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FortWhyte Alive

Hot on the Trail: Muskrats

Scientific Name: Ondatra zibethicus



A muskrat is a small, beaver-like rodent. Its total body length including tail is approximately 60 cm (2 ft) and can weigh between 0.5 and 1.8 kg(2-4 lbs). Muskrats have dark brown, dense, glossy fur with white areas under the chin and belly, and a rat-like tail. Their eyes and ears are small, and have hind feet that are partially webbed, perfect for life in the water.

Food Sources

Muskrats’ favorite foods are cattails but they eat many other plants, such as sedges, rushes, water lilies, and pond weeds. They can sometimes have be seen dragging their food out to feeding platforms composed of cut vegetation, floating in water. At FortWhyte Alive they help keep cattails from overrunning our wetland banks.


Muskrats are found all across North America near wetlands. They dislike currents and avoid rocky areas. Their homes are called “push-ups” and are made of cattails, bulrushes, and mud that can be up to 2.7 metres in diameter and 1.7 metres high.In winter, muskrats don’t hibernate like numerous other rodents, they stay awake and find food under the ice.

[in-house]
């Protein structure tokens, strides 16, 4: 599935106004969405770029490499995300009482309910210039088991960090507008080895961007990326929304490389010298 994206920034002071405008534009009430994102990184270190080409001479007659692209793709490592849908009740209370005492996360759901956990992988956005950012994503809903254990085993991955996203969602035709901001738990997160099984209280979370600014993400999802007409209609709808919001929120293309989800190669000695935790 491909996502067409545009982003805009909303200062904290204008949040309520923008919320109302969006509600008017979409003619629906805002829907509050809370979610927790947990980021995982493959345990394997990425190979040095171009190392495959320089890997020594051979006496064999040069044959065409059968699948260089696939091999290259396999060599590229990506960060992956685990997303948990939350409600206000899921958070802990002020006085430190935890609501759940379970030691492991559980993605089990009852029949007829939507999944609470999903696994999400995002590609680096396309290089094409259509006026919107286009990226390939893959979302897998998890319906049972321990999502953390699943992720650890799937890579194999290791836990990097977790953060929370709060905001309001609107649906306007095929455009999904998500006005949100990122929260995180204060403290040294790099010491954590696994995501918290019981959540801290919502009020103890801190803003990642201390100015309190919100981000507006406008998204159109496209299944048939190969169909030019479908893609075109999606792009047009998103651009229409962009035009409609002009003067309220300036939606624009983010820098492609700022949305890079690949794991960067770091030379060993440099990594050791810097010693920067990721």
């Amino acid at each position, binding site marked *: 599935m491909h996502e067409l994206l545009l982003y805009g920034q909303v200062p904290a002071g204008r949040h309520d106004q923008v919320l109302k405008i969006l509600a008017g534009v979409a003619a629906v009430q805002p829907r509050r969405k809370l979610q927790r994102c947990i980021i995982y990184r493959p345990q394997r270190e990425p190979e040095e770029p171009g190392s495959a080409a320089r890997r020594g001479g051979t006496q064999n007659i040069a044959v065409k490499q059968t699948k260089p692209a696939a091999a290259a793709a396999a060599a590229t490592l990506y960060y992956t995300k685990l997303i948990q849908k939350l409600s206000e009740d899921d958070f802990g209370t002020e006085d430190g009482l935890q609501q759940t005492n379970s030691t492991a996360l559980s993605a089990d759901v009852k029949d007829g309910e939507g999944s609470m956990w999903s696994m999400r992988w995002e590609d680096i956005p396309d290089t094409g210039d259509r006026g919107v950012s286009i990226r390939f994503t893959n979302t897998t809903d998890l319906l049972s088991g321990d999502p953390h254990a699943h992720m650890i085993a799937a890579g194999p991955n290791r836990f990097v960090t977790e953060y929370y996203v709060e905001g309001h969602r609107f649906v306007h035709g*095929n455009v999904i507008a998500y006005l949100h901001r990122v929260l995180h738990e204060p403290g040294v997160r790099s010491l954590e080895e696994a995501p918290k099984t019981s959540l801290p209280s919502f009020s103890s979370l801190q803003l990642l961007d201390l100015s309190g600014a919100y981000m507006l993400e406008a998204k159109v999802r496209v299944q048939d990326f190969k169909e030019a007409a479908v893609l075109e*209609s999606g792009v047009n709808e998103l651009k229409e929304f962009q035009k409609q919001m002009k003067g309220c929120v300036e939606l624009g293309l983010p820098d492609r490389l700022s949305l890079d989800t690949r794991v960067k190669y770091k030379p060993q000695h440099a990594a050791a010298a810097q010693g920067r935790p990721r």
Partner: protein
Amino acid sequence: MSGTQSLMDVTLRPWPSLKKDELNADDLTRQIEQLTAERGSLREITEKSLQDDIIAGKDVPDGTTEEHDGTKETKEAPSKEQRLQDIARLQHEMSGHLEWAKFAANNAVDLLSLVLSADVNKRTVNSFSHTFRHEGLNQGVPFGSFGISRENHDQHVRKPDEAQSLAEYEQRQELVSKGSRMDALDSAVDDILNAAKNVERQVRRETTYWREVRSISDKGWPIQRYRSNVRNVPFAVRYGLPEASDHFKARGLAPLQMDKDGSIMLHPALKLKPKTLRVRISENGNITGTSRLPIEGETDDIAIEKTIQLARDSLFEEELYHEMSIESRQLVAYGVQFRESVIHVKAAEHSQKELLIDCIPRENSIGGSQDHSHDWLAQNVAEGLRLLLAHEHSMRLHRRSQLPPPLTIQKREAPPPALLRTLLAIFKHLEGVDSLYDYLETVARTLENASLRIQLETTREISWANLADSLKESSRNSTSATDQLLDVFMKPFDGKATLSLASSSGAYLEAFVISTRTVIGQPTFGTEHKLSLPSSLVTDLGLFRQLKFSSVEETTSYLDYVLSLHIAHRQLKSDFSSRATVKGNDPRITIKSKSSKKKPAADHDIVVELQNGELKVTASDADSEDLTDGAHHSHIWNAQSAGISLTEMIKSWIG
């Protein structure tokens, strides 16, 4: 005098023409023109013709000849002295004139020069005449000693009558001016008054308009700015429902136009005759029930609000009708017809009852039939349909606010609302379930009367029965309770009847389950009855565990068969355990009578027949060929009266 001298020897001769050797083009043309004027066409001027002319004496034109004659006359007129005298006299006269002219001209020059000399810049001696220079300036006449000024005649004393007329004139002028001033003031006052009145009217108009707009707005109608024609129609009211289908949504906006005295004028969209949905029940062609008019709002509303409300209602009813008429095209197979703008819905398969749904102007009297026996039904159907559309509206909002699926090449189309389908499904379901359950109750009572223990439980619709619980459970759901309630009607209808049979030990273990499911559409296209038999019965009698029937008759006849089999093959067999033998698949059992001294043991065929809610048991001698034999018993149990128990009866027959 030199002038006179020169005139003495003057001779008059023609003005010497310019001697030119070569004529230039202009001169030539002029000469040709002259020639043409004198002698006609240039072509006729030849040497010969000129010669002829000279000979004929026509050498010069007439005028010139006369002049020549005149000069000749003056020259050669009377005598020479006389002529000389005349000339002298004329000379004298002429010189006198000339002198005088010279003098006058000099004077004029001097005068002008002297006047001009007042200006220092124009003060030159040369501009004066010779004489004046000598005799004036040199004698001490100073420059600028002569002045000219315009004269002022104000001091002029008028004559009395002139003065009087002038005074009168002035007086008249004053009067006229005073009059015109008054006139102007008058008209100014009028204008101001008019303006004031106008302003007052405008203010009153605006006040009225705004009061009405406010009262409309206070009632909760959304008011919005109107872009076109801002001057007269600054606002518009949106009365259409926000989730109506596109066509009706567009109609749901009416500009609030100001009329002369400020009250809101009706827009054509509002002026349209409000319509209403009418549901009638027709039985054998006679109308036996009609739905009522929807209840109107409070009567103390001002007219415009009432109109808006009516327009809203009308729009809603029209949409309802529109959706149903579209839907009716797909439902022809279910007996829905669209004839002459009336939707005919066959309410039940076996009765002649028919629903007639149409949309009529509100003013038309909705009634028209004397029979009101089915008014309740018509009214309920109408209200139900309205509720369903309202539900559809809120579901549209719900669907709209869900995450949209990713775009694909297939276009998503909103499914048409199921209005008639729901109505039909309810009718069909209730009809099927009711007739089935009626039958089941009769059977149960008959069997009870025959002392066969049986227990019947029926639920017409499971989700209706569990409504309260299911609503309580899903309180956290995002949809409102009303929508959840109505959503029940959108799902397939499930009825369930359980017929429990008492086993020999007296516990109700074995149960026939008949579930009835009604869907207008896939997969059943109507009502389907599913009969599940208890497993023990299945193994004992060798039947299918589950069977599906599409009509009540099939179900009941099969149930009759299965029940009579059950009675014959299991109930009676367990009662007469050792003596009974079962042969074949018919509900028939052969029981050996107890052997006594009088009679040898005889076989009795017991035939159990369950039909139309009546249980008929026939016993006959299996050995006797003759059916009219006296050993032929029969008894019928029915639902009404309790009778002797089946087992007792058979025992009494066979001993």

Females produce 1-2 litters per year of 4-7 young, with a gestation of 3-4 weeks. The young are born blind and with no fur, which starts to grow about 1 week after they’re born. At 2 weeks, their eyes open and they begin to learn how to swim and dive. They are weaned at 4 weeks and are driven away by the mother to find homes of their own.


Muskrats are most active during evening, night, and early morning. They also have many physical adaptations that allow for an aquatic lifestyle; their nostrils and ears close while submerged and they are able to stay underwater for very long periods of time. One was observed, staying submerged for 17 minutes, coming up for air for 3 seconds, then going back underwater for 10 minutes. In the wild, a muskrat has a life expectancy of 3 years. In captivity, the age increases to 10 years.


-Ranger Rachel


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